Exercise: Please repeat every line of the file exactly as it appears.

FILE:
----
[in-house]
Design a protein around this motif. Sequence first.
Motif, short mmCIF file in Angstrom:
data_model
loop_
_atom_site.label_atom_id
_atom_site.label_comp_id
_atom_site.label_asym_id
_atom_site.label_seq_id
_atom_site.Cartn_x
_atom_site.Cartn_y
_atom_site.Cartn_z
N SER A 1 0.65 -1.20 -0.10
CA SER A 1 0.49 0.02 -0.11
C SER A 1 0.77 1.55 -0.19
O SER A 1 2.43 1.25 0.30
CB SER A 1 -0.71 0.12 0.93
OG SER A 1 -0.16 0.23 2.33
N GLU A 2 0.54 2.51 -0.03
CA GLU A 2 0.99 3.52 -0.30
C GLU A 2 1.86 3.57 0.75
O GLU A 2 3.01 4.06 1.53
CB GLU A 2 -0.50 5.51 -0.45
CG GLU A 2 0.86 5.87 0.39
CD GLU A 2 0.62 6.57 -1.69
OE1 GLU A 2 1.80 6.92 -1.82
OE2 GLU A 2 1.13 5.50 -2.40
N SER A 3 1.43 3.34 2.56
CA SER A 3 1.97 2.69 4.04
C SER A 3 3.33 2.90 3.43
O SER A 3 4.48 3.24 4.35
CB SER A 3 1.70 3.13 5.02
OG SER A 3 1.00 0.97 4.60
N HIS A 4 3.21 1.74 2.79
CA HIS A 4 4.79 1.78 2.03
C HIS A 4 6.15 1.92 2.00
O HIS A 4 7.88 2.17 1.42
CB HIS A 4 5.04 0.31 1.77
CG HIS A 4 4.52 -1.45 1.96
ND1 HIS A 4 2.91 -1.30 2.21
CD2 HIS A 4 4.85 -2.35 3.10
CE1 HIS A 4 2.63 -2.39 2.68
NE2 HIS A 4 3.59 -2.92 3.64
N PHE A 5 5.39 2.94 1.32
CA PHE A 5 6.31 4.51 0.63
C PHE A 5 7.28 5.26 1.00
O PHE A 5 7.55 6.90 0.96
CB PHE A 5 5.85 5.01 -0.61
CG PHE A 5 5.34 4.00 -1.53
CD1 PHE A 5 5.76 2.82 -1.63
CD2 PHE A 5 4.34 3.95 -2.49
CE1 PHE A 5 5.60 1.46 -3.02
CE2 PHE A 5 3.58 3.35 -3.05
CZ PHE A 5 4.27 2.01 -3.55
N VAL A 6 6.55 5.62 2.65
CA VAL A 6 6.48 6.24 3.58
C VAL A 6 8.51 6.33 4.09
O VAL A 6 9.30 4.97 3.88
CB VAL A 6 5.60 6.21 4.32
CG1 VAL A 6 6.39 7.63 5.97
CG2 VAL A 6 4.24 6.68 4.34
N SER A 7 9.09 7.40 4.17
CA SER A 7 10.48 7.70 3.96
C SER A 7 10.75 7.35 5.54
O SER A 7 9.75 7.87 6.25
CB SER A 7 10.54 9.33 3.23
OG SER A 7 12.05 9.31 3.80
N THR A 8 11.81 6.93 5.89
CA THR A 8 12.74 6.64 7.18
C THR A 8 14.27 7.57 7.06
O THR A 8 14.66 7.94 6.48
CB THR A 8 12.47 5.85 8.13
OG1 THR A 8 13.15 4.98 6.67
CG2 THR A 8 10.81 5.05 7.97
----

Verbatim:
[in-house]
Design a protein around this motif. Sequence first.
Motif, short mmCIF file in Angstrom:
data_model
loop_
_atom_site.label_atom_id
_atom_site.label_comp_id
_atom_site.label_asym_id
_atom_site.label_seq_id
_atom_site.Cartn_x
_atom_site.Cartn_y
_atom_site.Cartn_z
N SER A 1 0.65 -1.20 -0.10
CA SER A 1 0.49 0.02 -0.11
C SER A 1 0.77 1.55 -0.19
O SER A 1 2.43 1.25 0.30
CB SER A 1 -0.71 0.12 0.93
OG SER A 1 -0.16 0.23 2.33
N GLU A 2 0.54 2.51 -0.03
CA GLU A 2 0.99 3.52 -0.30
C GLU A 2 1.86 3.57 0.75
O GLU A 2 3.01 4.06 1.53
CB GLU A 2 -0.50 5.51 -0.45
CG GLU A 2 0.86 5.87 0.39
CD GLU A 2 0.62 6.57 -1.69
OE1 GLU A 2 1.80 6.92 -1.82
OE2 GLU A 2 1.13 5.50 -2.40
N SER A 3 1.43 3.34 2.56
CA SER A 3 1.97 2.69 4.04
C SER A 3 3.33 2.90 3.43
O SER A 3 4.48 3.24 4.35
CB SER A 3 1.70 3.13 5.02
OG SER A 3 1.00 0.97 4.60
N HIS A 4 3.21 1.74 2.79
CA HIS A 4 4.79 1.78 2.03
C HIS A 4 6.15 1.92 2.00
O HIS A 4 7.88 2.17 1.42
CB HIS A 4 5.04 0.31 1.77
CG HIS A 4 4.52 -1.45 1.96
ND1 HIS A 4 2.91 -1.30 2.21
CD2 HIS A 4 4.85 -2.35 3.10
CE1 HIS A 4 2.63 -2.39 2.68
NE2 HIS A 4 3.59 -2.92 3.64
N PHE A 5 5.39 2.94 1.32
CA PHE A 5 6.31 4.51 0.63
C PHE A 5 7.28 5.26 1.00
O PHE A 5 7.55 6.90 0.96
CB PHE A 5 5.85 5.01 -0.61
CG PHE A 5 5.34 4.00 -1.53
CD1 PHE A 5 5.76 2.82 -1.63
CD2 PHE A 5 4.34 3.95 -2.49
CE1 PHE A 5 5.60 1.46 -3.02
CE2 PHE A 5 3.58 3.35 -3.05
CZ PHE A 5 4.27 2.01 -3.55
N VAL A 6 6.55 5.62 2.65
CA VAL A 6 6.48 6.24 3.58
C VAL A 6 8.51 6.33 4.09
O VAL A 6 9.30 4.97 3.88
CB VAL A 6 5.60 6.21 4.32
CG1 VAL A 6 6.39 7.63 5.97
CG2 VAL A 6 4.24 6.68 4.34
N SER A 7 9.09 7.40 4.17
CA SER A 7 10.48 7.70 3.96
C SER A 7 10.75 7.35 5.54
O SER A 7 9.75 7.87 6.25
CB SER A 7 10.54 9.33 3.23
OG SER A 7 12.05 9.31 3.80
N THR A 8 11.81 6.93 5.89
CA THR A 8 12.74 6.64 7.18
C THR A 8 14.27 7.57 7.06
O THR A 8 14.66 7.94 6.48
CB THR A 8 12.47 5.85 8.13
OG1 THR A 8 13.15 4.98 6.67
CG2 THR A 8 10.81 5.05 7.97